‘Don’t mind his plámásing.’
I heard someone say this on the Promenade in Salthill recently. It means: ‘Pay no attention to his flattery.’ Don’t and mind were merged, so the phrase sounded like /do:’maɪndɪz ’plɔ:mɔ:sən/.
Plámás /’plɔ:mɔ:s/ [‘plaw-mawse’] is an Irish noun and verb used in Hiberno-English; it means empty flattery, ingratiating talk, disingenuous praise. I’ve seen it anglicised as plaumause, plamause, and plawmass, or simply by dropping the accents.
It’s a word familiar to me since childhood, but I hear it only occasionally. A plámáser or plámásaí /’plɔ:mɔ:si:/ is a person engaging in plámás, while plámásach /’plɔ:mɔ:səx/ (‘flattering’) is the adjectival form. Here are some examples of its use.
Christopher Nolan, in The Banyan Tree:
now his big plámásing smile was back on
A photo caption on a travel blog:
Eoghan plamasing the local women to get a cup of butter tea…
The Laois Nationalist:
On her re election as assistant treasurer Evelyn Dunne had words of support from her chairman Dick Miller: ‘She wont go out of her way to plaumause you or endear herself to you but I guarantee you she does the work.’
The blog Hunter S. Thompson Books:
Hunter S. Thompson a friend of the Mitchell brothers drifts in and out of this story. Reading it I can imagine him bounding around with his usual bow-legged gait, doing what he did best – plamasing everyone in sight, looking like he owned the place.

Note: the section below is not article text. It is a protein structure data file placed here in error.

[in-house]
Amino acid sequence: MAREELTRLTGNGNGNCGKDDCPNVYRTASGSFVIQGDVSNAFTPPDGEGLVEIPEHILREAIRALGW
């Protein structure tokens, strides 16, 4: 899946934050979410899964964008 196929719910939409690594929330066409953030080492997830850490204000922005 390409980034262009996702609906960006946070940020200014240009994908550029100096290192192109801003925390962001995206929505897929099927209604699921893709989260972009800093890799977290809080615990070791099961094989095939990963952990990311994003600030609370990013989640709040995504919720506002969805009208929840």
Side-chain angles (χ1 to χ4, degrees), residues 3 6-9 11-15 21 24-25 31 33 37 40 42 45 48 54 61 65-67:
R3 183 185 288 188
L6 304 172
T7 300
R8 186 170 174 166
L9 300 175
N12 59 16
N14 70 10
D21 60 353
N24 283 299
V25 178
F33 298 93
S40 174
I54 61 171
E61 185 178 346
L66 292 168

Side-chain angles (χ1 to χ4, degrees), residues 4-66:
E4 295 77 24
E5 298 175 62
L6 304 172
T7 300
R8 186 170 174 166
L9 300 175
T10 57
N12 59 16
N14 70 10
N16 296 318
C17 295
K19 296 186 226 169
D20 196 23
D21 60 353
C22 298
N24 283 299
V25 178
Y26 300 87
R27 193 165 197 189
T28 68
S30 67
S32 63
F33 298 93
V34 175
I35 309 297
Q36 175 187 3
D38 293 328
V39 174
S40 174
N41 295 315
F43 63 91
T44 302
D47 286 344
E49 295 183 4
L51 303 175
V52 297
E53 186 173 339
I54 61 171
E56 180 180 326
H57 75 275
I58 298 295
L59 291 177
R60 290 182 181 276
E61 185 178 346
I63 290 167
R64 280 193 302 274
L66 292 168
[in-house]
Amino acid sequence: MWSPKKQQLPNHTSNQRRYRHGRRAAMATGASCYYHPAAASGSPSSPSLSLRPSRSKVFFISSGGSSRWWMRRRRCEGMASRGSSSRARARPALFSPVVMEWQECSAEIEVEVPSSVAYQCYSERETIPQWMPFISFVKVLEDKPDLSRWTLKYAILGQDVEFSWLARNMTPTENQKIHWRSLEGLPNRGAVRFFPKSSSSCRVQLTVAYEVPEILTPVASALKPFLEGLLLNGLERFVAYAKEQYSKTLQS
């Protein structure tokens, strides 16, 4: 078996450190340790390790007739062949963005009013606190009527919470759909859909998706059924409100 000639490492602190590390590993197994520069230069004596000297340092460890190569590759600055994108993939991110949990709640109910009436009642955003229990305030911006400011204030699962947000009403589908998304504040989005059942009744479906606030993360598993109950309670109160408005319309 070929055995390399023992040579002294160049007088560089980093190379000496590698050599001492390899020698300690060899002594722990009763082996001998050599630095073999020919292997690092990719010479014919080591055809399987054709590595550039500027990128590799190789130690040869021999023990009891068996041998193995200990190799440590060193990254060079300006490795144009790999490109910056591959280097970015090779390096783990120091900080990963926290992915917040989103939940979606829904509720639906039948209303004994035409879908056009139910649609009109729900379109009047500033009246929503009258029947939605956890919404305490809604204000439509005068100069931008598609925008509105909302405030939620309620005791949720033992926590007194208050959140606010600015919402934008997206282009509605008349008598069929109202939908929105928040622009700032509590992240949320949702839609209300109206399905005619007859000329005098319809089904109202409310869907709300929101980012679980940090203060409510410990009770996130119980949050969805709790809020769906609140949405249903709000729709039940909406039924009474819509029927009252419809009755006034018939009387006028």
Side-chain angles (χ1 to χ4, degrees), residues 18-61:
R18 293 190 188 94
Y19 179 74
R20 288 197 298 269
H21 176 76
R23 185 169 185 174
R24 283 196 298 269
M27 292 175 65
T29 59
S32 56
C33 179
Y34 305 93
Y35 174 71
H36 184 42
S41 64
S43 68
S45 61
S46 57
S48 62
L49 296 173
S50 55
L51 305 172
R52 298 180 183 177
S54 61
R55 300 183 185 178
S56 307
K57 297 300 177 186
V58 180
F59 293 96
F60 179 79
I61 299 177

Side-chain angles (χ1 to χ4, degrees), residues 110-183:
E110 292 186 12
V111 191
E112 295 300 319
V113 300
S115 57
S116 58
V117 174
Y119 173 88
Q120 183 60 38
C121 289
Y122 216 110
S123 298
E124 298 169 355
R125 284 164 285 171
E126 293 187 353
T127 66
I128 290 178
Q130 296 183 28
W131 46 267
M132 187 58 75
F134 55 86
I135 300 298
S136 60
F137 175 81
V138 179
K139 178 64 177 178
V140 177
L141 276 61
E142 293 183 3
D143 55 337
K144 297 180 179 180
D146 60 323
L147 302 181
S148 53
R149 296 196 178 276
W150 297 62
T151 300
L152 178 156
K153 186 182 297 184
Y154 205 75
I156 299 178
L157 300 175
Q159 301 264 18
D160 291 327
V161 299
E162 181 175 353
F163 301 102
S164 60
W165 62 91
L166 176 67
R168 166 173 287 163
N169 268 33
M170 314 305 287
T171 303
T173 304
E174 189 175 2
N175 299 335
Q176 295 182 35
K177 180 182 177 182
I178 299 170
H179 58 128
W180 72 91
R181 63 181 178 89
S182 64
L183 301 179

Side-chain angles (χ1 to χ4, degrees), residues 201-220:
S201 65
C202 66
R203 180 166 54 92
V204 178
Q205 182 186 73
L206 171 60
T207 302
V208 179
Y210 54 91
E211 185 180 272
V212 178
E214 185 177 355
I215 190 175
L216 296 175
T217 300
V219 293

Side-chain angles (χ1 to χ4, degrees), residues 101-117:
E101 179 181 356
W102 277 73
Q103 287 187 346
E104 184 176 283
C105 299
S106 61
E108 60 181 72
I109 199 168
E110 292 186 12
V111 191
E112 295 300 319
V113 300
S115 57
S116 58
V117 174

A quip on the IrishDogs community forum, in response to someone looking for a lift for a dog:
yeah plamause your way in there ;-)
A comment at the Irish Left Review:
Instead of the usual plamasach self-pitying oul’ guff which passes for analysis on the Irish Left…
A comment at Indymedia Ireland:
Concealing your argument with vague allusions and references without ever clarifying your point might impress and plaumause those already on your side, but it will only alienate everybody else.
Tom Mac Intyre in The Charollais, cited in Bernard Share’s Slanguage:
‘We are, in no sense, boasting.’
‘Shur I know ye’re not, m’lord — I always knew ye’d go places, an’ I’m not just plawmassin’ ye now.’
The origin of plámás is unknown. One suggestion is that it’s a corrupted form of blanc-mange, but the link seems tenuous. There’s a related word plásaí /’plɔ:si:/ (plausy, plauzy, plausey, plossey), which can mean either flattery or flatterer. See the previous link for examples.
When plámás was mentioned in the London Review of Books (1999), it prompted a letter with this amusing comment:
It is a word my Irish mother often uses in a verbal mode. I’d always thought it was ‘plum-arse’, as in ‘You’d think that Tony Blair could plum-arse them all into agreement, he’s certainly got the mouth for it.’
I wonder if this line was borrowed verbatim. Plum-arse probably qualifies as an eggcorn, but it’s unlikely to gain any currency given the original term’s scarcity. Even in Ireland, plámás isn’t in common usage: an enthusiastic commenter on Boards.ie from Gorey, Co. Wexford thought plámás was a word his mother had invented.
(To mark long vowels in IPA, I’ve used ordinary colons instead of the standard triangular marks, because WordPress isn’t rendering the latter clearly.)